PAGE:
Objective: Isoflavones and exercise have been shown to affect C-reactive protein (CRP) and body composition and to act synergistically on trunk and total fat mass (FM), glucose metabolism, and lean body mass in postmenopausal women with a body mass index higher than 25 kg/m2. We hypothesized that exercise and isoflavone supplementation (Ex + ISO) could reduce inflammation in the same subpopulation of women. The objective of this study was to investigate if 6 months of mixed exercise combined with isoflavones could have greater effects on specific inflammatory markers than exercise alone in overweight or obese postmenopausal women.
Methods: Thirty-four postmenopausal women aged 50 to 70 years were randomly assigned to exercise and placebo (Ex + PLA; n = 15) or Ex + ISO (n = 19). At baseline and after 6 months, waist circumference, hip circumference, total FM, trunk FM, leg FM, and muscle mass index (MMI; = total fat free mass [kg] / height2 [m]) were assessed (dual-energy x-ray absorptiometry). Inflammatory markers (CRP, tumor necrosis factor-α [TNF-α], and interleukin-6) were obtained by enzyme-linked immunosorbent assay. T tests were used to compare groups at baseline.
Results: The Ex + PLA group showed significant changes in MMI (+0.33 kg/m2, P ≤ 0.009) and FM compartments (waist circumference, −5.13 cm; % FM, −1.31%; P ≤ 0.001), whereas inflammation remained unchanged. However, the Ex + ISO group showed significant changes in total FM (−1.70 kg, P < 0.0001), FM compartments (hip circumference [−2.51 cm, P = 0.019], leg FM [−1.16 kg, P = 0.037], and trunk FM [−0.72 kg, P = 0.006]), MMI (+0.39 kg, P = 0.011), and inflammation (CRP, −1.14 mg/L, P = 0.029; TNF-α, +0.29 pg/mL, P = 0.010).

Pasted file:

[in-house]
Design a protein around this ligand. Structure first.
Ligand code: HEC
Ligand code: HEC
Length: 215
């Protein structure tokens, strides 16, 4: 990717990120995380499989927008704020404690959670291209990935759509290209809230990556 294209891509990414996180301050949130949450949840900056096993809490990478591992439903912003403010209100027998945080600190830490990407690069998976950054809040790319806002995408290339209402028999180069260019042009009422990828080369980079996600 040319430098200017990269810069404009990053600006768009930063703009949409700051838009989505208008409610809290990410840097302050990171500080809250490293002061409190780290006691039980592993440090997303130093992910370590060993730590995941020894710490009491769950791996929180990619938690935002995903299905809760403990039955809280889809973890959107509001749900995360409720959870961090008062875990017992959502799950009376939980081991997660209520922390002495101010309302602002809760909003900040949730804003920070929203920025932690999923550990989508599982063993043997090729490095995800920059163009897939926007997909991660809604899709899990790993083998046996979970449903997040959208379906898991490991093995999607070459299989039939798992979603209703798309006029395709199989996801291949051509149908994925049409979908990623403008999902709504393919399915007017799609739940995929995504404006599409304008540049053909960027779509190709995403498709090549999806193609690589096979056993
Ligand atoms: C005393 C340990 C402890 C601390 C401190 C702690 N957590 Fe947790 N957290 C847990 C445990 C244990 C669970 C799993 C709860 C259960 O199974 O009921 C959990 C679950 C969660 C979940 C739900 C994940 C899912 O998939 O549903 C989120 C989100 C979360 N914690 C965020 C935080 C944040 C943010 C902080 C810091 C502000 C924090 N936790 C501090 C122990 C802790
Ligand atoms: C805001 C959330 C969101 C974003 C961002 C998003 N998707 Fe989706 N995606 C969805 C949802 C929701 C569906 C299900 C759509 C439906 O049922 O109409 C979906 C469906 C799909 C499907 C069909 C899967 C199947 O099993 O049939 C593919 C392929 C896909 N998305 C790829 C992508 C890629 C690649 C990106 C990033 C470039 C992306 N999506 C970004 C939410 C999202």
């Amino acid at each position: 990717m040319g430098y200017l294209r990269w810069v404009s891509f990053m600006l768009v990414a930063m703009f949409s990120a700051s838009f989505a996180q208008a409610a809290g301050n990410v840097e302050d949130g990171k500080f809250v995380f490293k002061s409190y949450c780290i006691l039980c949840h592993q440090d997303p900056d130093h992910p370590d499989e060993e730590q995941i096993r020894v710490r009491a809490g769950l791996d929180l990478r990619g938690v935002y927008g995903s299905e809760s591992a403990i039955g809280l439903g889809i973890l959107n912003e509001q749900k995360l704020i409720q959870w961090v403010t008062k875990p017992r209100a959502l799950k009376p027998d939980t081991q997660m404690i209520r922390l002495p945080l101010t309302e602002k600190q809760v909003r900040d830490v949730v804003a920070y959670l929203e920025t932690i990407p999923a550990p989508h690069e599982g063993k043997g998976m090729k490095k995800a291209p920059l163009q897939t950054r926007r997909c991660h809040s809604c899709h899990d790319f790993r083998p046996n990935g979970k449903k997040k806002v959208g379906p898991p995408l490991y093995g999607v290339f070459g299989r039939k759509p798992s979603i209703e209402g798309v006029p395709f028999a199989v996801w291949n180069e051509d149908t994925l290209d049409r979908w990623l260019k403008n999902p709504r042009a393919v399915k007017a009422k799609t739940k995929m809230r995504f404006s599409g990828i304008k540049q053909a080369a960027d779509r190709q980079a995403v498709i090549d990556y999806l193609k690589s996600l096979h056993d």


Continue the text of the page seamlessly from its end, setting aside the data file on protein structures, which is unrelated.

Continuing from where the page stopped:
Conclusions: Despite an increase in TNF-α, the use of isoflavones—when body weight remains stable—seems to enhance the beneficial effects of mixed-exercise training on body composition and CRP in overweight or obese postmenopausal women.
From the 1Research Center on Aging, 2Faculty of Physical Education and Sports, and 3Faculty of Medicine and Health Sciences, University of Sherbrooke, Sherbrooke, Québec, Canada.
Received September 9, 2013; revised and accepted October 30, 2013.
I.J.D. had full access to all data, is the guarantor of this work, and takes full responsibility for the integrity of the data and the accuracy of data analysis. J.L. wrote the manuscript and researched and analyzed the data. E.R. contributed to data collection and revised the manuscript. D.T. collaborated on study design and data collection and revised the manuscript.
Funding/support: I.J.D. and E.R. were supported by the Canadian Institutes of Health Research. I.J.D. and J.L. were supported by Fond de la Recherche en Santé du Quebec. The study was supported by the Canadian Institutes of Health Research.
Financial disclosure/conflicts of interest: None reported.
Address correspondence to: Isabelle J. Dionne, PhD, Research Center on Aging, 1036 Belvédère Sud, Sherbrooke, Québec, Canada J1H 4C4. E-mail: isabelle.dionne@USherbrooke.ca